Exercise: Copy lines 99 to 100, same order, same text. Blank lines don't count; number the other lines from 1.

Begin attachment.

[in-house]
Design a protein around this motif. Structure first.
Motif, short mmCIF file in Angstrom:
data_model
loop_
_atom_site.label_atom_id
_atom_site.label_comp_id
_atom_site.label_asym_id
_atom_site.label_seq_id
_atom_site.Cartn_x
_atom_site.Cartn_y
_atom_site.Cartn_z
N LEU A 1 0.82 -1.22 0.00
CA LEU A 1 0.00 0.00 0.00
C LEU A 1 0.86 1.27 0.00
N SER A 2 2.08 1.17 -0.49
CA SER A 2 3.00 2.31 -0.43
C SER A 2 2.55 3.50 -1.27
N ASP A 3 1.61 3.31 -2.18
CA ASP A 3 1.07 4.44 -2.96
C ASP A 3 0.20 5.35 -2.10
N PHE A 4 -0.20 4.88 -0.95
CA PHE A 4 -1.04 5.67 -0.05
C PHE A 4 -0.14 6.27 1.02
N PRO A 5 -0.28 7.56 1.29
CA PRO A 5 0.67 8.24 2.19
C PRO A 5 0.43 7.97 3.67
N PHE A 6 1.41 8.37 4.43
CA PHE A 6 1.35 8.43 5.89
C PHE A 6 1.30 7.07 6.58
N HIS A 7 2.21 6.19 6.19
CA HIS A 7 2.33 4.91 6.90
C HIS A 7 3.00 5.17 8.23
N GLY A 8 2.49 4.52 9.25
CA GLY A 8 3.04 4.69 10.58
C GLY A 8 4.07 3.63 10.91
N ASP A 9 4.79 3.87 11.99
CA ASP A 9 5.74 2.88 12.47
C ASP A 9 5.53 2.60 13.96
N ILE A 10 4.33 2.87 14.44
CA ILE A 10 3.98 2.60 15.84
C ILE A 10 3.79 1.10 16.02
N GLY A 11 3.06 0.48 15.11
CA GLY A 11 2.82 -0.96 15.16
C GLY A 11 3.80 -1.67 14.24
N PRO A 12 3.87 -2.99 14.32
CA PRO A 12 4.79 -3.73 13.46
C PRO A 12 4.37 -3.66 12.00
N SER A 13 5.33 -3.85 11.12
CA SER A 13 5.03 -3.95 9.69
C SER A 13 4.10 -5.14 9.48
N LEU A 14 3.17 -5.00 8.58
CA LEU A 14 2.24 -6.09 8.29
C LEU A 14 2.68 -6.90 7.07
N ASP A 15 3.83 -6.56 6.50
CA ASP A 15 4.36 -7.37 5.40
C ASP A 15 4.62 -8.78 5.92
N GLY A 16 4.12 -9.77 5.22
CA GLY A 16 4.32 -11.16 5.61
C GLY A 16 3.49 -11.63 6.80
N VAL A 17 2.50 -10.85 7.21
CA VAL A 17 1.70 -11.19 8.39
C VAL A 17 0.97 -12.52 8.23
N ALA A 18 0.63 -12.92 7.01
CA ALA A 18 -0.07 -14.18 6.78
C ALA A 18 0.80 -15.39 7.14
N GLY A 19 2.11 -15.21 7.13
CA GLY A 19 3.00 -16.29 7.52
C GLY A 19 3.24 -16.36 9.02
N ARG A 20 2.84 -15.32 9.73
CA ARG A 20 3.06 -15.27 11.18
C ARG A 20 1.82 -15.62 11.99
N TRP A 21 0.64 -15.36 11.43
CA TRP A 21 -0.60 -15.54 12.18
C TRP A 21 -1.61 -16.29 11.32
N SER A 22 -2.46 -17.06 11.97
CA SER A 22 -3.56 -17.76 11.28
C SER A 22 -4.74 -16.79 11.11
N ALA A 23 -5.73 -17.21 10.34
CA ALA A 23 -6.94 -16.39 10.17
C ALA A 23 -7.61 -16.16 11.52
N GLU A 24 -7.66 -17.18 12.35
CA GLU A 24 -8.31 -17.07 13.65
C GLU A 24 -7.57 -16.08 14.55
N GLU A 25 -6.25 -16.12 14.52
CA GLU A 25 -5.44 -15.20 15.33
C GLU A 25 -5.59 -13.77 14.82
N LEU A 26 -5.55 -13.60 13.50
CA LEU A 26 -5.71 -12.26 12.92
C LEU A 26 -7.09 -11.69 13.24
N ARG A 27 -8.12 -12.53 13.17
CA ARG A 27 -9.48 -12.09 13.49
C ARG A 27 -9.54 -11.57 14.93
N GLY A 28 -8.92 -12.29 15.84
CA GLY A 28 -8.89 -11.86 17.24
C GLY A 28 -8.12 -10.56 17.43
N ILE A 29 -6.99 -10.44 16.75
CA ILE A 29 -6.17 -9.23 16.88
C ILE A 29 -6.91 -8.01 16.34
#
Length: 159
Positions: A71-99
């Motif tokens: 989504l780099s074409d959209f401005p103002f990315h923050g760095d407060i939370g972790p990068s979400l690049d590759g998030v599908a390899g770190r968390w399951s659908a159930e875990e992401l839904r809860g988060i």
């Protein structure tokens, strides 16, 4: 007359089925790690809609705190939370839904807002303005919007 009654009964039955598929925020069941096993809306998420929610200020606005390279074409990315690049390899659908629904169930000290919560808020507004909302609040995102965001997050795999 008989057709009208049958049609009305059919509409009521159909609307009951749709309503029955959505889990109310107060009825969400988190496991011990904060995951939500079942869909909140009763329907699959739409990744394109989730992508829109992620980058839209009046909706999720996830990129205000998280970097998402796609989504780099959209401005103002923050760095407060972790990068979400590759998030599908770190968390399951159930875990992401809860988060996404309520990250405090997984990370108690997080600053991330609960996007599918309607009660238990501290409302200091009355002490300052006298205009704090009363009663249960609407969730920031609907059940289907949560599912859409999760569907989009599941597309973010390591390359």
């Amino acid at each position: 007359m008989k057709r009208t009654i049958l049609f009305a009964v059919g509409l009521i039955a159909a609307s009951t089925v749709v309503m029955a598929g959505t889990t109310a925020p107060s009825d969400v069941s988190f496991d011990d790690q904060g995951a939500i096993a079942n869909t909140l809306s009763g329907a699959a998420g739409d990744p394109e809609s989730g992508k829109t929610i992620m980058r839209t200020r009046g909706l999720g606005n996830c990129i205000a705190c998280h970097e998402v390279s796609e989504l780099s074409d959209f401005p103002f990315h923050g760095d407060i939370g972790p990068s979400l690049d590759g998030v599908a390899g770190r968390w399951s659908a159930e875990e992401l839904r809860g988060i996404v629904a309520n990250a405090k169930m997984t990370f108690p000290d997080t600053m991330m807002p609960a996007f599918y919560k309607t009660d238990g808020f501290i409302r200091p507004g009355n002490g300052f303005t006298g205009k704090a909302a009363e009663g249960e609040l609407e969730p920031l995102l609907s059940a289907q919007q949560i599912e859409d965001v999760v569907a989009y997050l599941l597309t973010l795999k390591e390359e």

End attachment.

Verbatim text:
C ILE A 29 -6.91 -8.01 16.34
#